Crystal Palace dinosaurs preserved in 3D scans

3D model of one of the Crystal Palace dinosaurs
Megalosaurus bucklandii: a 3D model of one of the famous Grade I listed Victorian sculptures from Crystal Palace Park (Image: Historic England).

The famous Crystal Palace dinosaur sculptures can now be viewed as interactive 3D models.

Historic England, in collaboration with the Friends of Crystal Palace Dinosaurs, developed the 3D models. There are 29 Victorian Grade I listed sculptures in the south London park.

The dimensionally accurate photogrammetric models have been created from multiple digital scans of the famous beasts.

People can now get up close and personal with the dinosaurs without disrupting the vulnerable sculptures or their setting on ‘Dino Island’. The models also allow conservators to benchmark the condition of the fragile sculptures, decide where repairs are most needed, and help shape plans for their maintenance into the future.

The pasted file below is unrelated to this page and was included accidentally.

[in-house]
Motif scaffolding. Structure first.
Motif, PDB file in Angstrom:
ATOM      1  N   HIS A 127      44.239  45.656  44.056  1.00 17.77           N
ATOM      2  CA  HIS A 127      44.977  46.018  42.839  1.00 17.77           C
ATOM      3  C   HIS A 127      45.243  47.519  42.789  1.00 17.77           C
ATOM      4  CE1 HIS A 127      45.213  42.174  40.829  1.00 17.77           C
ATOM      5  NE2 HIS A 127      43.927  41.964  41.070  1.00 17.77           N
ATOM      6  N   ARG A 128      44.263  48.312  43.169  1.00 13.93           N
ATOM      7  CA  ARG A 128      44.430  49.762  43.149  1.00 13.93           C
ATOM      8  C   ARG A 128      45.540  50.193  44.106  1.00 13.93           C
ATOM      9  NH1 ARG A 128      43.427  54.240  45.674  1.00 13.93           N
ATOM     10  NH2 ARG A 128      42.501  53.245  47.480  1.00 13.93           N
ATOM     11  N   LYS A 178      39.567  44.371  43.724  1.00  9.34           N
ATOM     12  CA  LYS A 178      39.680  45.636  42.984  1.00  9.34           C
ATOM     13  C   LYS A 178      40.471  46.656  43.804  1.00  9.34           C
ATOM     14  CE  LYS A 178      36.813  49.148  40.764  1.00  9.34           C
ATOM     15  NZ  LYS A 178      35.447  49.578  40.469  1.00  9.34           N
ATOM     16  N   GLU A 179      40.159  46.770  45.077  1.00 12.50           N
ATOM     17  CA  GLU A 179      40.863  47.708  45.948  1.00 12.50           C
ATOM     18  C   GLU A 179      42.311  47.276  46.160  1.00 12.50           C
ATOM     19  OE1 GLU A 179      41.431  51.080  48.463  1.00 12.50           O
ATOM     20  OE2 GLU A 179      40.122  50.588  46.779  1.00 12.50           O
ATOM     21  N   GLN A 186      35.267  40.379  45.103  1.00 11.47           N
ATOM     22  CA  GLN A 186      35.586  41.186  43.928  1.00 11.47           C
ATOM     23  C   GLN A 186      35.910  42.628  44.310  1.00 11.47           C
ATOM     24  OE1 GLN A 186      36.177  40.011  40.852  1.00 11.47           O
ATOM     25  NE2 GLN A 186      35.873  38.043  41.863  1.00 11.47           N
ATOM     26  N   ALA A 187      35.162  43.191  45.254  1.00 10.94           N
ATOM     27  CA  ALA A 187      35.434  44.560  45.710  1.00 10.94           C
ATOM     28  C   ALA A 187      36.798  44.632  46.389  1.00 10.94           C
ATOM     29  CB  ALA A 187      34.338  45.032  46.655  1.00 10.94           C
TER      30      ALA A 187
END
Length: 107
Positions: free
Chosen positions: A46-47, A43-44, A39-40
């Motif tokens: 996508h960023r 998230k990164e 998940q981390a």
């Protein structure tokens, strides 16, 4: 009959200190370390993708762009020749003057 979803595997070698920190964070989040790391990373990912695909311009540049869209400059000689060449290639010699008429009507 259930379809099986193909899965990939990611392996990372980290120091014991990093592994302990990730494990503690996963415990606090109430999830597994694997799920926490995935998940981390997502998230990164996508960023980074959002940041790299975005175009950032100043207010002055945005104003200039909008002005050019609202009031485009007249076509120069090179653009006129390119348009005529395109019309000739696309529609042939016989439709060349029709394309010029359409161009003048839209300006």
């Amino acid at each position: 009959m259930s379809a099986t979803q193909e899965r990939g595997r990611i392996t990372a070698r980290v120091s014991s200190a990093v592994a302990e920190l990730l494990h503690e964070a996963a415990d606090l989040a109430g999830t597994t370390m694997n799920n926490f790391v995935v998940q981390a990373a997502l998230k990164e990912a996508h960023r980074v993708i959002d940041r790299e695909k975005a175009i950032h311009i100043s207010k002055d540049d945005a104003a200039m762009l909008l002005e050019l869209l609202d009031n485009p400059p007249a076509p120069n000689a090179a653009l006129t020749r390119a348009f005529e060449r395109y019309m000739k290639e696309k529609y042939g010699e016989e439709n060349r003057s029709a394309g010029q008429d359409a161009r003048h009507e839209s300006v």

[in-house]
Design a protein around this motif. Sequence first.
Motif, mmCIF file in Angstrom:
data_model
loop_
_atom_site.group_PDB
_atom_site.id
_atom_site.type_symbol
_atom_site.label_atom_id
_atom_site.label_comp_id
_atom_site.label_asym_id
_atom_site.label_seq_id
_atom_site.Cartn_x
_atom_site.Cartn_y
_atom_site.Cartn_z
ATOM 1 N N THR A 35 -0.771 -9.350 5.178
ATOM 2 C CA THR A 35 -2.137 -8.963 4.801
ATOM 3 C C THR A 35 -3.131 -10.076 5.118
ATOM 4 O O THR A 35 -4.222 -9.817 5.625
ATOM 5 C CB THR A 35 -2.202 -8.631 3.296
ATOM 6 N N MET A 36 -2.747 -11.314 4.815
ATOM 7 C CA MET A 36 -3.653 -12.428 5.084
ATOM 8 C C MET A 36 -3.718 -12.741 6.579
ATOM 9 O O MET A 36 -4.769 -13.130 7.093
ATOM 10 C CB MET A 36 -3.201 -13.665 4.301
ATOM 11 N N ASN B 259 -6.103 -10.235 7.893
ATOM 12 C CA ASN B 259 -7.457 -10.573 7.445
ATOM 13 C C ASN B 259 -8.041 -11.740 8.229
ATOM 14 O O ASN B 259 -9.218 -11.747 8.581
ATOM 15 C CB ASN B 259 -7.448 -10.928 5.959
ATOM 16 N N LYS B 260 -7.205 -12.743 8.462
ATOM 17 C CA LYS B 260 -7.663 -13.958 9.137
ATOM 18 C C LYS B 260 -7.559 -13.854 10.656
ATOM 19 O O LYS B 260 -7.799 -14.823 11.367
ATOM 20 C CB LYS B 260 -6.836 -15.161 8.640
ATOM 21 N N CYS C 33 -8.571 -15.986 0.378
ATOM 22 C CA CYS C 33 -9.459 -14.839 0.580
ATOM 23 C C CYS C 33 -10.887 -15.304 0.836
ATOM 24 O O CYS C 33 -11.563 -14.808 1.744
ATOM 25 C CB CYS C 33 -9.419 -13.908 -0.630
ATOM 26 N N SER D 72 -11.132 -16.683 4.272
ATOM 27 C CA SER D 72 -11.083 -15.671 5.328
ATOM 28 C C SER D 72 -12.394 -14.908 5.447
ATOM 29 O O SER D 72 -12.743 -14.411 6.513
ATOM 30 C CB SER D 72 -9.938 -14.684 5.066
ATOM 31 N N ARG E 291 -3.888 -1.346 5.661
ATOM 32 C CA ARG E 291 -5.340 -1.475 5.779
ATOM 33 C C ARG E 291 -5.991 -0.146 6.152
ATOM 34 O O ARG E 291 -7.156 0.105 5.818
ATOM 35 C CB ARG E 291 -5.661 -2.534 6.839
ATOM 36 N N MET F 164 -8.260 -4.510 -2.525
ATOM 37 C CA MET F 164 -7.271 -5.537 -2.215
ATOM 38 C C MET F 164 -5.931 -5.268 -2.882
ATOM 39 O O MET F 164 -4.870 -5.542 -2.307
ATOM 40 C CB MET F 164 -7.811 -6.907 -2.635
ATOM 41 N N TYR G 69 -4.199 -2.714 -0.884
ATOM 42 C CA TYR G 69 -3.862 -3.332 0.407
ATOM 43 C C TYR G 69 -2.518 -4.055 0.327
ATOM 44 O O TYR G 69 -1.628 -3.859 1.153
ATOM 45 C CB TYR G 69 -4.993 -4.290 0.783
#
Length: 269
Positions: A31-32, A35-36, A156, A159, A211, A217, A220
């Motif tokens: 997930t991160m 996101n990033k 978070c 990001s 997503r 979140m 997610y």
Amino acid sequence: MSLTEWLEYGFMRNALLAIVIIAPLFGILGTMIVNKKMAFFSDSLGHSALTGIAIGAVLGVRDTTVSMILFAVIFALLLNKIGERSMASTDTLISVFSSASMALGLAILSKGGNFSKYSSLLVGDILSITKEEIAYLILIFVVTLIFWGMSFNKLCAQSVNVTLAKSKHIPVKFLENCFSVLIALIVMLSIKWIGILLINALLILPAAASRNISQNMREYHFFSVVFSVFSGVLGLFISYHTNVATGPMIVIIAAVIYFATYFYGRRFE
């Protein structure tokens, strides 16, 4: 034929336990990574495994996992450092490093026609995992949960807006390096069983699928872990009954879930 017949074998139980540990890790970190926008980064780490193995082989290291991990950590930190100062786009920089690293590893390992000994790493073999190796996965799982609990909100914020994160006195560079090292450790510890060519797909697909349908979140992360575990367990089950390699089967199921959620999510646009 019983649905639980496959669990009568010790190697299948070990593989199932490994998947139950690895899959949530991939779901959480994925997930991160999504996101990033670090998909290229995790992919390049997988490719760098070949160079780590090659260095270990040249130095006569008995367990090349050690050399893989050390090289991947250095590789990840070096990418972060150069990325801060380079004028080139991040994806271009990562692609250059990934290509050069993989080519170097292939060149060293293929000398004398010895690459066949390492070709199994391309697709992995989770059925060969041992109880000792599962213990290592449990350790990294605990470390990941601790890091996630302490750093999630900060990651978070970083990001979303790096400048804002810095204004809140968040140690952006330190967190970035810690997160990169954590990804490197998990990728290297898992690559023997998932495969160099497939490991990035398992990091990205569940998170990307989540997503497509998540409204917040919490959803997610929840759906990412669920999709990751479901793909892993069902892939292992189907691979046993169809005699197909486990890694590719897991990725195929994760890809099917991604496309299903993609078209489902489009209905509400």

The scanning and subsequent modelling was undertaken by Historic England’s geospatial survey team, in collaboration with the Friends of Crystal Palace Dinosaurs.

The Dinosaurs were created between 1853 and 1855 by artist Benjamin Waterhouse Hawkins, as part of the original design of Crystal Palace Park. The sculptures are the world’s first attempt to model extinct animals at life-size scale, using fossil remains as evidence. This was before the publication of Charles Darwin’s On The Origin Of Species – the word ‘dinosaur’ had only been coined a decade earlier, in 1842.

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